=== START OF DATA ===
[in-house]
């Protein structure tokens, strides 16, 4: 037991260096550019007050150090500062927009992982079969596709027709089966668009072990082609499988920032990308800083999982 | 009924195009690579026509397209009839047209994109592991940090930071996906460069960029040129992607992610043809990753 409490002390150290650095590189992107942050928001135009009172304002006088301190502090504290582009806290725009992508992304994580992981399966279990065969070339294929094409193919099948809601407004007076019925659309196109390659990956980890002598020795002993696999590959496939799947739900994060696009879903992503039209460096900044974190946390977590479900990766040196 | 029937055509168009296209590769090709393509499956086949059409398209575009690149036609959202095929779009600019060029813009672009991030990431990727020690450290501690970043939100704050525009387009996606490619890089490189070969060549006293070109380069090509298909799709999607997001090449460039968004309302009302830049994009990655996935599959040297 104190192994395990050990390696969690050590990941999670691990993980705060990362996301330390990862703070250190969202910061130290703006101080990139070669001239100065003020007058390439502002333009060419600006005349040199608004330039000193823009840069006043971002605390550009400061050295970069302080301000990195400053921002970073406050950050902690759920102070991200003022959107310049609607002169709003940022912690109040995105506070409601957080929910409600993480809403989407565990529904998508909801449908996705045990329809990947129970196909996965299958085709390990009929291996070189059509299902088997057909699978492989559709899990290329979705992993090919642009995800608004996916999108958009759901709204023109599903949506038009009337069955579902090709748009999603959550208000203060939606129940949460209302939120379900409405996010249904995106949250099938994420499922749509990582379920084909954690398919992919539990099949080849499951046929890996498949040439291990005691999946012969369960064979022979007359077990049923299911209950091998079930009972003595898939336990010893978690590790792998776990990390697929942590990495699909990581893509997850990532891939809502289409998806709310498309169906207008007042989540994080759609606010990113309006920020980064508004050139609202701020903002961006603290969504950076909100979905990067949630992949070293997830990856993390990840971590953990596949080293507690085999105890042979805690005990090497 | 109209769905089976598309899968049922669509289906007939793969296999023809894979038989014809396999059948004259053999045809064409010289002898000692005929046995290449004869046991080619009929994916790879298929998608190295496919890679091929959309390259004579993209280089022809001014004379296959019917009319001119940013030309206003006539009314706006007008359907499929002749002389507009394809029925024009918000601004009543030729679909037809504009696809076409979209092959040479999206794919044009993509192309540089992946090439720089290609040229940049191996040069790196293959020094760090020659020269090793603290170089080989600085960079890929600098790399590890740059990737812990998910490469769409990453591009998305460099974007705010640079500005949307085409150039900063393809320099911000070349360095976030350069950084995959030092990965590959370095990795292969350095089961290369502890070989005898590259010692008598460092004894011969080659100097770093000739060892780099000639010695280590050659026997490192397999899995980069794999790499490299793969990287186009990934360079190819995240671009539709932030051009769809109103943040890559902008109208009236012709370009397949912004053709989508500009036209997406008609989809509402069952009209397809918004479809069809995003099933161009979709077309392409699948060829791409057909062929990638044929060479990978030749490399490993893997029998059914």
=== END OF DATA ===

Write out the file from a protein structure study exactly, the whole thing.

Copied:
[in-house]
């Protein structure tokens, strides 16, 4: 037991260096550019007050150090500062927009992982079969596709027709089966668009072990082609499988920032990308800083999982 | 009924195009690579026509397209009839047209994109592991940090930071996906460069960029040129992607992610043809990753 409490002390150290650095590189992107942050928001135009009172304002006088301190502090504290582009806290725009992508992304994580992981399966279990065969070339294929094409193919099948809601407004007076019925659309196109390659990956980890002598020795002993696999590959496939799947739900994060696009879903992503039209460096900044974190946390977590479900990766040196 | 029937055509168009296209590769090709393509499956086949059409398209575009690149036609959202095929779009600019060029813009672009991030990431990727020690450290501690970043939100704050525009387009996606490619890089490189070969060549006293070109380069090509298909799709999607997001090449460039968004309302009302830049994009990655996935599959040297 104190192994395990050990390696969690050590990941999670691990993980705060990362996301330390990862703070250190969202910061130290703006101080990139070669001239100065003020007058390439502002333009060419600006005349040199608004330039000193823009840069006043971002605390550009400061050295970069302080301000990195400053921002970073406050950050902690759920102070991200003022959107310049609607002169709003940022912690109040995105506070409601957080929910409600993480809403989407565990529904998508909801449908996705045990329809990947129970196909996965299958085709390990009929291996070189059509299902088997057909699978492989559709899990290329979705992993090919642009995800608004996916999108958009759901709204023109599903949506038009009337069955579902090709748009999603959550208000203060939606129940949460209302939120379900409405996010249904995106949250099938994420499922749509990582379920084909954690398919992919539990099949080849499951046929890996498949040439291990005691999946012969369960064979022979007359077990049923299911209950091998079930009972003595898939336990010893978690590790792998776990990390697929942590990495699909990581893509997850990532891939809502289409998806709310498309169906207008007042989540994080759609606010990113309006920020980064508004050139609202701020903002961006603290969504950076909100979905990067949630992949070293997830990856993390990840971590953990596949080293507690085999105890042979805690005990090497 | 109209769905089976598309899968049922669509289906007939793969296999023809894979038989014809396999059948004259053999045809064409010289002898000692005929046995290449004869046991080619009929994916790879298929998608190295496919890679091929959309390259004579993209280089022809001014004379296959019917009319001119940013030309206003006539009314706006007008359907499929002749002389507009394809029925024009918000601004009543030729679909037809504009696809076409979209092959040479999206794919044009993509192309540089992946090439720089290609040229940049191996040069790196293959020094760090020659020269090793603290170089080989600085960079890929600098790399590890740059990737812990998910490469769409990453591009998305460099974007705010640079500005949307085409150039900063393809320099911000070349360095976030350069950084995959030092990965590959370095990795292969350095089961290369502890070989005898590259010692008598460092004894011969080659100097770093000739060892780099000639010695280590050659026997490192397999899995980069794999790499490299793969990287186009990934360079190819995240671009539709932030051009769809109103943040890559902008109208009236012709370009397949912004053709989508500009036209997406008609989809509402069952009209397809918004479809069809995003099933161009979709077309392409699948060829791409057909062929990638044929060479990978030749490399490993893997029998059914």